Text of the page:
Cat confronts Supergirl, wanting to deal with Live Wire, once and for all. It is a partnership she’s proposing. Henshaw and the DEO have found a tool that can contain her. As promised, Cat draws Leslie out. They meet back where it all began for the two of them, but Supergirl is now invited to the party and the two have a rematch, with Leslie adopting new techniques. But, water is no match for electricity and Supergirl gets the upper-hand.

Winn sort of tells Kara how he feels about her (I’m not entirely sold on his character being in love with her) and she immediately bolts to James and Lucy. James, by the way, is totally into Kara, even if he’s back with Lucy. I like Lucy. I’m hoping she and Kara get to do something together. Soon. Also, the walls between Cat and Kara are breaking. I think the events with Leslie, as well as Cat learning about Kara’s parents’ deaths really changed how she talks to Kara. I like how this relationship is blossoming. Cat is becoming like a mentor to Kara, as well as Supergirl. More of that please.

Eliza had been wanting to tell the girls something for a long time. She knew about the DEO and apparently, Jeremiah Danvers worked for them. The deal was, he would give them his work and knowledge about Superman while Kara remained off limits. Eliza doesn’t believe he died in a plane crash either. She reveals that he died for the DEO and he was working with Henshaw, which makes the girls nervous as he’s their boss. They’re determined now to find out what happened to their father. ASIDE: The DEO has a pipeline (a place where they house all the bad guys they catch), much similar to the one used on The Flash. END ASIDE.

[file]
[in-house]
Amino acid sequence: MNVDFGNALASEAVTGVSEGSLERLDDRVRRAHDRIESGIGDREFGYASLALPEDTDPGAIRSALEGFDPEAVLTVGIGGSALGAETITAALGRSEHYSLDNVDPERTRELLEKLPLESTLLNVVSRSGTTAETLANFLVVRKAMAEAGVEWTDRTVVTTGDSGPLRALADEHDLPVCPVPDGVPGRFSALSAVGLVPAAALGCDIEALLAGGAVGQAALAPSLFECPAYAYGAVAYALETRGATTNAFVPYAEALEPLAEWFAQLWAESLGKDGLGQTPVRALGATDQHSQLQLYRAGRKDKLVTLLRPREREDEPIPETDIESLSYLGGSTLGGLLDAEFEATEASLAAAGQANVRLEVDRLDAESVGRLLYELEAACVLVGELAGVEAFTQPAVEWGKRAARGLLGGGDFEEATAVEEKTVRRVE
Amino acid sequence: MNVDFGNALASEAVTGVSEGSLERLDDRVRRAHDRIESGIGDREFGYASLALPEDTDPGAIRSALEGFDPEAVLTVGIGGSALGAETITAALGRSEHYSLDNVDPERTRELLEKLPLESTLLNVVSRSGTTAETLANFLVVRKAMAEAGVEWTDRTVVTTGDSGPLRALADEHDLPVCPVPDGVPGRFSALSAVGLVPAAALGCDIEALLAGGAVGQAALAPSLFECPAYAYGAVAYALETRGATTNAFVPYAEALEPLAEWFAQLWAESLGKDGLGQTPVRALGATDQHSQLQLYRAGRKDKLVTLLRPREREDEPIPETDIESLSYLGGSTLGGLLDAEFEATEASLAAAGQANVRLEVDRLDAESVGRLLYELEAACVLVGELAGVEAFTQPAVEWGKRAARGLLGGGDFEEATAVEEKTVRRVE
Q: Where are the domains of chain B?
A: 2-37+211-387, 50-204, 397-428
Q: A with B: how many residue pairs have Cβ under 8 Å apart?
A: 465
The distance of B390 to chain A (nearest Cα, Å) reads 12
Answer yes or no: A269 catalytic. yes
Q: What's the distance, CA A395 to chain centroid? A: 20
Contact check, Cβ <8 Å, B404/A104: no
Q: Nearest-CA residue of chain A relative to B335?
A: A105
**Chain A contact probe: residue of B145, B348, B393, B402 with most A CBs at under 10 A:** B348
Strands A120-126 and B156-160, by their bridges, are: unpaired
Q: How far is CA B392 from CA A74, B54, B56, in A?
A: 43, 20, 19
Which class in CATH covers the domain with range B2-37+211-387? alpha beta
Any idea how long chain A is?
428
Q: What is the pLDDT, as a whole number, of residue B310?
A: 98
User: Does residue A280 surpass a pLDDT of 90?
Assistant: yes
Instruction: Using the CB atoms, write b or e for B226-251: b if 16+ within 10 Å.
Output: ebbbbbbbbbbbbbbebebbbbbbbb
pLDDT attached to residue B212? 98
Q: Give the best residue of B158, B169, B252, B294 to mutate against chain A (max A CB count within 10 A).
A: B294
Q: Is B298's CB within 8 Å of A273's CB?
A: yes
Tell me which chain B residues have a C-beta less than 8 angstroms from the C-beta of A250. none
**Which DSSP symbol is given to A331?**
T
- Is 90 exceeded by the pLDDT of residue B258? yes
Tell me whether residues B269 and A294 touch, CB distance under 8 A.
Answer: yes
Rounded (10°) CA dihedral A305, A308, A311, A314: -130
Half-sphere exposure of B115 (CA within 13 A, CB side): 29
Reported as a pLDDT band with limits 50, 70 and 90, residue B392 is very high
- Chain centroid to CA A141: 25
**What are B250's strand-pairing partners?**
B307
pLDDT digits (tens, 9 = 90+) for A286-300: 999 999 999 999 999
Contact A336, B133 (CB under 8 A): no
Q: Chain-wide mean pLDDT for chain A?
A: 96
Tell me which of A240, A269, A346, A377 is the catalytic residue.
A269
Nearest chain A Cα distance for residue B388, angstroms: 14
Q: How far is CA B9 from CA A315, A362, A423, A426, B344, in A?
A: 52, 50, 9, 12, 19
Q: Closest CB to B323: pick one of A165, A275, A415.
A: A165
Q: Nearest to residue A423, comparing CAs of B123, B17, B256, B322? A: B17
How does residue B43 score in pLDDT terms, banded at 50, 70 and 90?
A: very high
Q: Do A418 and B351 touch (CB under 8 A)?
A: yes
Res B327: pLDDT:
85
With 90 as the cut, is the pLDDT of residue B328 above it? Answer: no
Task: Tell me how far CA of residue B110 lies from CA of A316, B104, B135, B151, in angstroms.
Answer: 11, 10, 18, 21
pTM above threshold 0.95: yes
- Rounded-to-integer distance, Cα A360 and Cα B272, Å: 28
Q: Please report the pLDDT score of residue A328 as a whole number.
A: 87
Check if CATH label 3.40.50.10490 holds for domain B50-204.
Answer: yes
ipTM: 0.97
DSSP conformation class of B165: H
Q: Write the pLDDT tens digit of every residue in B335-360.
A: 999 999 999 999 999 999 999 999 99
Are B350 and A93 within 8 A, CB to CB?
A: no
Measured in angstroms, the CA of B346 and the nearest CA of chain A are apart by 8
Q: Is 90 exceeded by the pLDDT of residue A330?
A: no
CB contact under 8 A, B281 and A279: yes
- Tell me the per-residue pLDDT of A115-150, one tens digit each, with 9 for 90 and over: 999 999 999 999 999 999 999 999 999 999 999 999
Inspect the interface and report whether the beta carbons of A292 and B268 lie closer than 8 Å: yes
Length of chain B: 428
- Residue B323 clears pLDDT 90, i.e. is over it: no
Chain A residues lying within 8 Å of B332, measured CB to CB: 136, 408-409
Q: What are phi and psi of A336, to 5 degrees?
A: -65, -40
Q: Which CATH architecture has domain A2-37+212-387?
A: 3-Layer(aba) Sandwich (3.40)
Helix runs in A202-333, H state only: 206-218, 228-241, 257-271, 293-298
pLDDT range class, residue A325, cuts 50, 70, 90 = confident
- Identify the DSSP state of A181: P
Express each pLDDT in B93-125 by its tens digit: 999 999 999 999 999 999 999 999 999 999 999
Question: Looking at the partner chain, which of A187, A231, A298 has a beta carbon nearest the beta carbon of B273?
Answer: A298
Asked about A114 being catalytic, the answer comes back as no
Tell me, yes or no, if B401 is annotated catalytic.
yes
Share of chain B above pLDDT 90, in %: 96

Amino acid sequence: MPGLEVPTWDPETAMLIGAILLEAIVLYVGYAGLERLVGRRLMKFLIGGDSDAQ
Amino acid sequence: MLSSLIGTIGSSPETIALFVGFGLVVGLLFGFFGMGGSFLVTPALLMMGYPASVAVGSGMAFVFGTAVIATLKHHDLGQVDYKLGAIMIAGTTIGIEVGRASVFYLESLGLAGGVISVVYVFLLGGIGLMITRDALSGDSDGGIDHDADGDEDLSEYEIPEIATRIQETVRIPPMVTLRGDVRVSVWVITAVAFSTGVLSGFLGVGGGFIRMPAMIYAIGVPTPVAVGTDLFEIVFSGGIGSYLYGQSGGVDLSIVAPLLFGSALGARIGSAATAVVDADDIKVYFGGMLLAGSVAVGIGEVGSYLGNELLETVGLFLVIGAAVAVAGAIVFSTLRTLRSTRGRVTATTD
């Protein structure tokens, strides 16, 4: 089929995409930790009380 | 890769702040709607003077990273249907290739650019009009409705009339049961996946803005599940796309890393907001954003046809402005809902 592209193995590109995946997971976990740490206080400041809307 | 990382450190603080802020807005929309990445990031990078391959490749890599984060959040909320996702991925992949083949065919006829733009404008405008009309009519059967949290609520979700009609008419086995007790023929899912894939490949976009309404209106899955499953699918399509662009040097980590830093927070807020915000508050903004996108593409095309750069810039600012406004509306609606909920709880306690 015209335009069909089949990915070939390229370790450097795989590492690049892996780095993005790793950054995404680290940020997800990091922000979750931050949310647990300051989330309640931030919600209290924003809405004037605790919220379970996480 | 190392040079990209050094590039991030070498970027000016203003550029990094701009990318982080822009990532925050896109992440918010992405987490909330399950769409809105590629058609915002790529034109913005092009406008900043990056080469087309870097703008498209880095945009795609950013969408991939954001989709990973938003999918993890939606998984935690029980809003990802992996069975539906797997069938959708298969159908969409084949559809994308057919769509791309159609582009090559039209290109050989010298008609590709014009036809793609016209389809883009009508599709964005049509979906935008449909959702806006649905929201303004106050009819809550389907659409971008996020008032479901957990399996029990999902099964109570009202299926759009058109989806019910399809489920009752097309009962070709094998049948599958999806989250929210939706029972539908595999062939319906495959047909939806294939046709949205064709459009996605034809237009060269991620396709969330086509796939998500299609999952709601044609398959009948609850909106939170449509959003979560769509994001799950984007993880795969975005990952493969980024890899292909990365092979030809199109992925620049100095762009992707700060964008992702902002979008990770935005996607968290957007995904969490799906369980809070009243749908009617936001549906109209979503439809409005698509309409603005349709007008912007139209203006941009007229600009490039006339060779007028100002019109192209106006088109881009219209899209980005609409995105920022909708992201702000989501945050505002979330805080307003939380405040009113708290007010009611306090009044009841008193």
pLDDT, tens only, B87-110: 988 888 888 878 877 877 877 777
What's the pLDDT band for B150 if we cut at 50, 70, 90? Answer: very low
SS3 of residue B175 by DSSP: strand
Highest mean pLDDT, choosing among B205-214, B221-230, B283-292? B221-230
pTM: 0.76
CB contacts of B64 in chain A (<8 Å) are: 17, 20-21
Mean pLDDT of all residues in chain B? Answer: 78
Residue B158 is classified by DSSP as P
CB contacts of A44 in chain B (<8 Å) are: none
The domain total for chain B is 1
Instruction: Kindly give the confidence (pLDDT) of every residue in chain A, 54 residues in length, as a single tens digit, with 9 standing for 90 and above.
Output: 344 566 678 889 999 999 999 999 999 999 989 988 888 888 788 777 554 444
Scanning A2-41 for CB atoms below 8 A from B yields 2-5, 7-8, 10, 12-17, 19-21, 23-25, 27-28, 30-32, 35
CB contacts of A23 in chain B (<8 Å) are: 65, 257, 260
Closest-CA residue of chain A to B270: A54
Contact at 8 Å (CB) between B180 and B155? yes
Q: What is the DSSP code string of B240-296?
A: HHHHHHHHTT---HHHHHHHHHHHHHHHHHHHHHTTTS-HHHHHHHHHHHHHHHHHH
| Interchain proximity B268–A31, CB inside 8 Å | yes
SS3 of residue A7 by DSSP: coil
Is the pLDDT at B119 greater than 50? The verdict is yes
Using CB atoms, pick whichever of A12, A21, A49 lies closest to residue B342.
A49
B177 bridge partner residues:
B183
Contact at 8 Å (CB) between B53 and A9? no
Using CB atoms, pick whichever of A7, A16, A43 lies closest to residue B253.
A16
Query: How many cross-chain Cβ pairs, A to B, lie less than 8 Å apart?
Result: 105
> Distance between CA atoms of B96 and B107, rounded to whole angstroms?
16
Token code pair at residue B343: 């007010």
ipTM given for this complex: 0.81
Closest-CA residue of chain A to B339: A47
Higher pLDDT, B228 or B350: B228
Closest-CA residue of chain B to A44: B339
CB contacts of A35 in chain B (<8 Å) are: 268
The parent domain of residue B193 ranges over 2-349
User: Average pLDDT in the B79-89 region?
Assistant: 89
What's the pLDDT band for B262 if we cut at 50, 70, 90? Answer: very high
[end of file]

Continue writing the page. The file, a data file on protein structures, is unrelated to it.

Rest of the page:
While I hate that this episode was aired a week early and I have no idea if they’re ever going to show the one that was supposed to come before it, I will say that a lot of character relationships were strengthened. This was also the first episode that didn’t make liberal use of Superman, which I know for some viewers is a welcome change.

Supergirl airs Mondays at 8pm Eastern Standard Time on CBS.